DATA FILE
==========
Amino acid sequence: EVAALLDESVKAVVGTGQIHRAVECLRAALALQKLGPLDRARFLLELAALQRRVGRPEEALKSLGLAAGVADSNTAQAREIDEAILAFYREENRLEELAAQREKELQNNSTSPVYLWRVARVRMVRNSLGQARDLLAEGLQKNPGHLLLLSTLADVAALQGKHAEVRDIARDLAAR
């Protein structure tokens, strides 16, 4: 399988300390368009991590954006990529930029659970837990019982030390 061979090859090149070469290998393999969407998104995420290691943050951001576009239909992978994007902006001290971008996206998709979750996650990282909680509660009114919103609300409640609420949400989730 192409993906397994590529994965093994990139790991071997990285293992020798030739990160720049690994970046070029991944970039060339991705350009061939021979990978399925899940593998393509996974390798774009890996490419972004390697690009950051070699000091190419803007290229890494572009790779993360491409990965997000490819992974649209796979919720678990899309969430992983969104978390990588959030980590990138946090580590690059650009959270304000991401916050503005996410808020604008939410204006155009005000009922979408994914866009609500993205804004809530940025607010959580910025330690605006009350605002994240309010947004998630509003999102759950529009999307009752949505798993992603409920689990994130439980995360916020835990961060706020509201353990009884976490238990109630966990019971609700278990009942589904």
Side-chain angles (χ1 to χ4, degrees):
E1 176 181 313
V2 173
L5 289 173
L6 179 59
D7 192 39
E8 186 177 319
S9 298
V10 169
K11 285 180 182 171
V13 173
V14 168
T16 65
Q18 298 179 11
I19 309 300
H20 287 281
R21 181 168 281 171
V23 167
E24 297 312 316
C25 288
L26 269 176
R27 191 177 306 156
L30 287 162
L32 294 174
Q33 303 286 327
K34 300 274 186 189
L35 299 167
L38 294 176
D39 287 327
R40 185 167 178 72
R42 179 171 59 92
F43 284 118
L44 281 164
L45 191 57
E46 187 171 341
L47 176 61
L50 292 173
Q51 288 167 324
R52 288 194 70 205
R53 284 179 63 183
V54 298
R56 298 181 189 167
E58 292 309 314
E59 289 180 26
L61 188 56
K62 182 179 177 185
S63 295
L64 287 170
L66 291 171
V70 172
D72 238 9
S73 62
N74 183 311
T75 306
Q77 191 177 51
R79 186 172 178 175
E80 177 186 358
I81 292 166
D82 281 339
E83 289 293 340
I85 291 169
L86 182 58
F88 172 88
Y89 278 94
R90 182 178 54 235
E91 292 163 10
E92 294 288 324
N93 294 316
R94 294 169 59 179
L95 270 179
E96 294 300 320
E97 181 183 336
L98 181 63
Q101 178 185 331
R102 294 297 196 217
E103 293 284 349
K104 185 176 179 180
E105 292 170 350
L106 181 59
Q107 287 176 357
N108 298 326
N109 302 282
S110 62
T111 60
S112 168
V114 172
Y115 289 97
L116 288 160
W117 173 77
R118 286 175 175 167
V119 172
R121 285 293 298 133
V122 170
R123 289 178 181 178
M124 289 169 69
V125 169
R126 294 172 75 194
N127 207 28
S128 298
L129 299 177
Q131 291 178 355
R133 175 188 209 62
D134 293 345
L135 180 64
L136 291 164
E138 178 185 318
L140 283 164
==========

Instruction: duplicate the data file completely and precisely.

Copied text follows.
Amino acid sequence: EVAALLDESVKAVVGTGQIHRAVECLRAALALQKLGPLDRARFLLELAALQRRVGRPEEALKSLGLAAGVADSNTAQAREIDEAILAFYREENRLEELAAQREKELQNNSTSPVYLWRVARVRMVRNSLGQARDLLAEGLQKNPGHLLLLSTLADVAALQGKHAEVRDIARDLAAR
């Protein structure tokens, strides 16, 4: 399988300390368009991590954006990529930029659970837990019982030390 061979090859090149070469290998393999969407998104995420290691943050951001576009239909992978994007902006001290971008996206998709979750996650990282909680509660009114919103609300409640609420949400989730 192409993906397994590529994965093994990139790991071997990285293992020798030739990160720049690994970046070029991944970039060339991705350009061939021979990978399925899940593998393509996974390798774009890996490419972004390697690009950051070699000091190419803007290229890494572009790779993360491409990965997000490819992974649209796979919720678990899309969430992983969104978390990588959030980590990138946090580590690059650009959270304000991401916050503005996410808020604008939410204006155009005000009922979408994914866009609500993205804004809530940025607010959580910025330690605006009350605002994240309010947004998630509003999102759950529009999307009752949505798993992603409920689990994130439980995360916020835990961060706020509201353990009884976490238990109630966990019971609700278990009942589904």
Side-chain angles (χ1 to χ4, degrees):
E1 176 181 313
V2 173
L5 289 173
L6 179 59
D7 192 39
E8 186 177 319
S9 298
V10 169
K11 285 180 182 171
V13 173
V14 168
T16 65
Q18 298 179 11
I19 309 300
H20 287 281
R21 181 168 281 171
V23 167
E24 297 312 316
C25 288
L26 269 176
R27 191 177 306 156
L30 287 162
L32 294 174
Q33 303 286 327
K34 300 274 186 189
L35 299 167
L38 294 176
D39 287 327
R40 185 167 178 72
R42 179 171 59 92
F43 284 118
L44 281 164
L45 191 57
E46 187 171 341
L47 176 61
L50 292 173
Q51 288 167 324
R52 288 194 70 205
R53 284 179 63 183
V54 298
R56 298 181 189 167
E58 292 309 314
E59 289 180 26
L61 188 56
K62 182 179 177 185
S63 295
L64 287 170
L66 291 171
V70 172
D72 238 9
S73 62
N74 183 311
T75 306
Q77 191 177 51
R79 186 172 178 175
E80 177 186 358
I81 292 166
D82 281 339
E83 289 293 340
I85 291 169
L86 182 58
F88 172 88
Y89 278 94
R90 182 178 54 235
E91 292 163 10
E92 294 288 324
N93 294 316
R94 294 169 59 179
L95 270 179
E96 294 300 320
E97 181 183 336
L98 181 63
Q101 178 185 331
R102 294 297 196 217
E103 293 284 349
K104 185 176 179 180
E105 292 170 350
L106 181 59
Q107 287 176 357
N108 298 326
N109 302 282
S110 62
T111 60
S112 168
V114 172
Y115 289 97
L116 288 160
W117 173 77
R118 286 175 175 167
V119 172
R121 285 293 298 133
V122 170
R123 289 178 181 178
M124 289 169 69
V125 169
R126 294 172 75 194
N127 207 28
S128 298
L129 299 177
Q131 291 178 355
R133 175 188 209 62
D134 293 345
L135 180 64
L136 291 164
E138 178 185 318
L140 283 164